New Ann Arbor superintendent sets the right tone, offers reason for hope
It would be easy to see the Ann Arbor school board's recent superintendent search as something less than a full success.
With the district having seen six superintendents over the last decade, the desire to get this choice right was deep and obvious. The process generally went well—for the most part, it was timely, transparent and collaborative. Despite some polite disagreement as the search narrowed, the board members ultimately voted unanimously to offer the job to their top choice, Brian Osborne of South Orange Maplewood School District in New Jersey.
But then things changed. Osborne's answer unexpectedly took more than a week to arrive; when it did, it turned out to be no. That left the school board choosing among less-than-ideal options: Should it move on to its second choice? Start over? Or what?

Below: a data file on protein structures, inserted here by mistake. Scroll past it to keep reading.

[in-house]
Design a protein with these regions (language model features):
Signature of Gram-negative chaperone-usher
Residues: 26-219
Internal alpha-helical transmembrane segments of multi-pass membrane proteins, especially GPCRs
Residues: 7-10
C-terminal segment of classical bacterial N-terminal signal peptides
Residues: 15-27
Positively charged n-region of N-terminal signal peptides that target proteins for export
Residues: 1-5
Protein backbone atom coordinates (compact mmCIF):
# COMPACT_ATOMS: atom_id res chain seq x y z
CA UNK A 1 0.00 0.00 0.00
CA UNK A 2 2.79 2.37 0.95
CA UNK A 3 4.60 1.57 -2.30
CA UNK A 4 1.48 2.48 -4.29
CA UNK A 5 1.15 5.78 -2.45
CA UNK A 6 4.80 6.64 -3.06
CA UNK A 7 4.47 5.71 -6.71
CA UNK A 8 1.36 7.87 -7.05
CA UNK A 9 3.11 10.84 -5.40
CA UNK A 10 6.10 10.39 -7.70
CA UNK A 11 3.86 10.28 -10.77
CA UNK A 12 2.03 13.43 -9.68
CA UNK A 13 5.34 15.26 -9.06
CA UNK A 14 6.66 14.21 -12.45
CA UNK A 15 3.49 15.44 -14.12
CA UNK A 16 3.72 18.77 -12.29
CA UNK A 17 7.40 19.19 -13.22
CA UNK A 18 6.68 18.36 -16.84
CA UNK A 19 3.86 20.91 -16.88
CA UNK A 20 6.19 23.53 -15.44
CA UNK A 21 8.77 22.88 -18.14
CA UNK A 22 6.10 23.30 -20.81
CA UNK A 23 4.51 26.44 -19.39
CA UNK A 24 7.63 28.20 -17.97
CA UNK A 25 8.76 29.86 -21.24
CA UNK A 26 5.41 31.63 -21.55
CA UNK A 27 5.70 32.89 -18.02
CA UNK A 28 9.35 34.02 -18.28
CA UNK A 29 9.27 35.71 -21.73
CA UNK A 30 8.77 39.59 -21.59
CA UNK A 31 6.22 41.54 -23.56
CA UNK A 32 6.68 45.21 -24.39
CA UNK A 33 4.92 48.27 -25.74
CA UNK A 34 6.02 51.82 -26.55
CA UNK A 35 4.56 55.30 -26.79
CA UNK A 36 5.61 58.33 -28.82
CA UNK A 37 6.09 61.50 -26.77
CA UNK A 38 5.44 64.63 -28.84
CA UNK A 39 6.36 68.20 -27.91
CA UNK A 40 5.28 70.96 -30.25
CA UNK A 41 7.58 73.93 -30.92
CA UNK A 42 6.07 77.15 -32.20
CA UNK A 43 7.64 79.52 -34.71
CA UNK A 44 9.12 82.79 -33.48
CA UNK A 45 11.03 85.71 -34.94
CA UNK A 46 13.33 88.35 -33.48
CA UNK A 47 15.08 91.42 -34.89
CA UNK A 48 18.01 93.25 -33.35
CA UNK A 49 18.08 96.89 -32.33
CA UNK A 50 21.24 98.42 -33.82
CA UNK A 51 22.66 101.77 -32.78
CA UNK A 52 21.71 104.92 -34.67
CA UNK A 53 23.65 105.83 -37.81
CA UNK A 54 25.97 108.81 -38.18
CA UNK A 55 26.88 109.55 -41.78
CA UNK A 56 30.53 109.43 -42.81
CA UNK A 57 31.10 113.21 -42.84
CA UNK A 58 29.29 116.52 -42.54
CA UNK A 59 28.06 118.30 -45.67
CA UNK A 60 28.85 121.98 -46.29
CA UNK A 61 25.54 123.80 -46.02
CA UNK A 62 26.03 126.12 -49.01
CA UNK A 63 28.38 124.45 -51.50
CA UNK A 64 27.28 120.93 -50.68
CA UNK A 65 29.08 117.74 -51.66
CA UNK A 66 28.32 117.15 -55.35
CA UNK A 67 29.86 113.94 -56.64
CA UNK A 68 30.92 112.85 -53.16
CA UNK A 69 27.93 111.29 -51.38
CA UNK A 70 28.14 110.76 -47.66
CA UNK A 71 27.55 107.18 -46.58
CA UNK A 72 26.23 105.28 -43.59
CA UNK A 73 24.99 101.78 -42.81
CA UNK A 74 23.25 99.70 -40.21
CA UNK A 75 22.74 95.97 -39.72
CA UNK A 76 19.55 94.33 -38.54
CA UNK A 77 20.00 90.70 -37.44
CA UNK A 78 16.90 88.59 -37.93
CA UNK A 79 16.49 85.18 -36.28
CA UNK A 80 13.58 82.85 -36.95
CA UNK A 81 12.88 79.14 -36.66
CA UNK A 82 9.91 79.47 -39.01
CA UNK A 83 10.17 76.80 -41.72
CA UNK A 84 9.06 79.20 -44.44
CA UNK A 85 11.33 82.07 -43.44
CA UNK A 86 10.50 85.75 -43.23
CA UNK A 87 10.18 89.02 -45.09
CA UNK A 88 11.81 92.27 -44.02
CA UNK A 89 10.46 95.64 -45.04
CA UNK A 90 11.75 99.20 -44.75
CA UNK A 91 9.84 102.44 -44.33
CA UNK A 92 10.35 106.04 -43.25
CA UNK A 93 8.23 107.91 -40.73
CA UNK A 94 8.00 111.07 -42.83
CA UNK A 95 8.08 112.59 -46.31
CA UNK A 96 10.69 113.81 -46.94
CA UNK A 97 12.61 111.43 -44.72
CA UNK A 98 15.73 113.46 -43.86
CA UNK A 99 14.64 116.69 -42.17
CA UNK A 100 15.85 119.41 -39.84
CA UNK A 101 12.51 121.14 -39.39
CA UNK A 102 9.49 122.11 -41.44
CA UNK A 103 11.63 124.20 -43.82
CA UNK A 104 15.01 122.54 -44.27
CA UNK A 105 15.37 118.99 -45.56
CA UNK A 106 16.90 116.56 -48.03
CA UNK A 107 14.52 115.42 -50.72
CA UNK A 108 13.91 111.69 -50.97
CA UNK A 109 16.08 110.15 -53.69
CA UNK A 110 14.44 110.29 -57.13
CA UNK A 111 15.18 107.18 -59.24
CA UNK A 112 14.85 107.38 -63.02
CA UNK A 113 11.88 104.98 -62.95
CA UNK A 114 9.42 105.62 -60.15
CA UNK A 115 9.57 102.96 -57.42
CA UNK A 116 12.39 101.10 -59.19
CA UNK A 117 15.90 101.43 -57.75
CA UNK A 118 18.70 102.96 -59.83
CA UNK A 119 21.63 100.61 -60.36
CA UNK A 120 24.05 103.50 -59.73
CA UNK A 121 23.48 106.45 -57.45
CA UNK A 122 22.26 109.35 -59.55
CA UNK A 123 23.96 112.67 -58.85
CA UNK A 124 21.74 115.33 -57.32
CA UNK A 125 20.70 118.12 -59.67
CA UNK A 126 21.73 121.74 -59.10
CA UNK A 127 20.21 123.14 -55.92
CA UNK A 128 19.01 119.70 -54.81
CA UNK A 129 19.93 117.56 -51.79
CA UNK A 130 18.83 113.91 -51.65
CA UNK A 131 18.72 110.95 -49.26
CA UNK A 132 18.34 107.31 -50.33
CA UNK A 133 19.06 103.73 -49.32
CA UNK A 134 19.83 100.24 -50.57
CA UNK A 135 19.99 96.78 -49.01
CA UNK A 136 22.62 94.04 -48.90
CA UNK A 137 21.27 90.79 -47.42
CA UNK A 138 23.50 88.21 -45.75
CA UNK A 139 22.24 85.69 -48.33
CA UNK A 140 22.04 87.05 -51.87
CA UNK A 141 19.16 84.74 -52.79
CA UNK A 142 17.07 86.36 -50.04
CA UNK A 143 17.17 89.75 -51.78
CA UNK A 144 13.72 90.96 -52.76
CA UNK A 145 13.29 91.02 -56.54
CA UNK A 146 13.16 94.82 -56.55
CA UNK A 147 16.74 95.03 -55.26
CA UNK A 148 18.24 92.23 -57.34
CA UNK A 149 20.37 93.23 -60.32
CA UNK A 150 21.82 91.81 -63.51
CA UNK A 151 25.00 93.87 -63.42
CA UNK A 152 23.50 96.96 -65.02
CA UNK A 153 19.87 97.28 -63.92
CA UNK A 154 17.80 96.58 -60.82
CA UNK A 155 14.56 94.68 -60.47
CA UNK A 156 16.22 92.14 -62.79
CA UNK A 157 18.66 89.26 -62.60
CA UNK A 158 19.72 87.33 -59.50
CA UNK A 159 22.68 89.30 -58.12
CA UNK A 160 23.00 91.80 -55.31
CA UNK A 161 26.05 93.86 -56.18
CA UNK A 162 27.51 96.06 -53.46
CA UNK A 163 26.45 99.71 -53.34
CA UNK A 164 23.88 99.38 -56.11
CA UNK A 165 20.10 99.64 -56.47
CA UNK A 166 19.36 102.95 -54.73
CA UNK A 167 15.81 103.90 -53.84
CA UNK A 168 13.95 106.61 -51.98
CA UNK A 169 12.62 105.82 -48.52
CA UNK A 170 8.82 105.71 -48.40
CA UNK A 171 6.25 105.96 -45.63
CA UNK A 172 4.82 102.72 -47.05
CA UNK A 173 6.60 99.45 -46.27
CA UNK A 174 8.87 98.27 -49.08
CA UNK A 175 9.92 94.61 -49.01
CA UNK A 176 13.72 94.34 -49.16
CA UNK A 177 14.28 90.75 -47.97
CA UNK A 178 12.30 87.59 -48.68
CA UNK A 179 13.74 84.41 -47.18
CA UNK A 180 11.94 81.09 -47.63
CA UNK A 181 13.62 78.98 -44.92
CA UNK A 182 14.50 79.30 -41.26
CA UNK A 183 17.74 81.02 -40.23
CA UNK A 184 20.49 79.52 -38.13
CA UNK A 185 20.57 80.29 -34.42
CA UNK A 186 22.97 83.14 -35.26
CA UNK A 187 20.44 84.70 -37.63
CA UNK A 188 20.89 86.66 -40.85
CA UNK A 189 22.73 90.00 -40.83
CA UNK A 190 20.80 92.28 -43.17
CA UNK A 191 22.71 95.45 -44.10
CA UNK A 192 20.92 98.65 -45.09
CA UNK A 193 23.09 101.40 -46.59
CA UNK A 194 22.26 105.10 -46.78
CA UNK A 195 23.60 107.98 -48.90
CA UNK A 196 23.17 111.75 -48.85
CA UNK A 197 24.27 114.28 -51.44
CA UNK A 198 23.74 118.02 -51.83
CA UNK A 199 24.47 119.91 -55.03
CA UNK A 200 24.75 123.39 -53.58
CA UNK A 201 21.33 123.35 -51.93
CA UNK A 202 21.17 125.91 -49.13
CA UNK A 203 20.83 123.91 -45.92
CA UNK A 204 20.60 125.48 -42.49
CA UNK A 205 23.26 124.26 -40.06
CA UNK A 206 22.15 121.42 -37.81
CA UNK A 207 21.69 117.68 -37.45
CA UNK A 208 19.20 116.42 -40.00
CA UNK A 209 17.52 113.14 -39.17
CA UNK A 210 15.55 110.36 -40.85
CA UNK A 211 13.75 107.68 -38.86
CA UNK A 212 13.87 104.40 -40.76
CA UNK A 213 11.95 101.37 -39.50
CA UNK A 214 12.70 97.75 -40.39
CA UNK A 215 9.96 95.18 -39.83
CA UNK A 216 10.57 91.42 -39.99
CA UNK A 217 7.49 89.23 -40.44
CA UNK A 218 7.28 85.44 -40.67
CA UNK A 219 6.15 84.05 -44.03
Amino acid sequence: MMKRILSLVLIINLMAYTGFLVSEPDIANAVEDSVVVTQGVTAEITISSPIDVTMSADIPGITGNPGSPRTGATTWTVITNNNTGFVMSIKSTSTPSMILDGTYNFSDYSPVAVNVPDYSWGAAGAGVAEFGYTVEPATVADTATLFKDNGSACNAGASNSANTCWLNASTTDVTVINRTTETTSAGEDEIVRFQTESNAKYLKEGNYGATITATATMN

Trustees eventually decided to offer the job to their other finalist—essentially, their second choice—Jeanice Kerr Swift, an assistant superintedent in Colorado Springs. But the vote to make that offer, unlike the first, was a less-than-encouraging 4-3.
It was awfully hard not to think, "Here we go again." Then Swift went into action.
Daniel Brenner | AnnArbor.com file photo
Despite the fact that she's never held the top job in a school district, Swift's experience impresses. She comes from a larger district than Ann Arbor, yet one that's already faced some of the same challenges we do. She's been involved with "zero-based budgeting" and has dealt with financial constraints, redistricting and building closures.
Stakeholders in the education community have stressed openness and accountability will be critical traits for the new superintendent. That's certainly true, and here again, Swift appears to be a good fit. She already plans to host forums at every school building, conduct a thorough analysis of every department, and take a fresh look at the budget. In fact, some of this is already underway.
Yes, so far it's mostly words. But they're undoubtedly the right sort of words, and they offer encouragement to a schools community that's been through a pretty rough period. With Swift leading the way into the new school year, the district seems well positioned to finally move past its recent struggles and return to the institution the community expects and deserves it to be.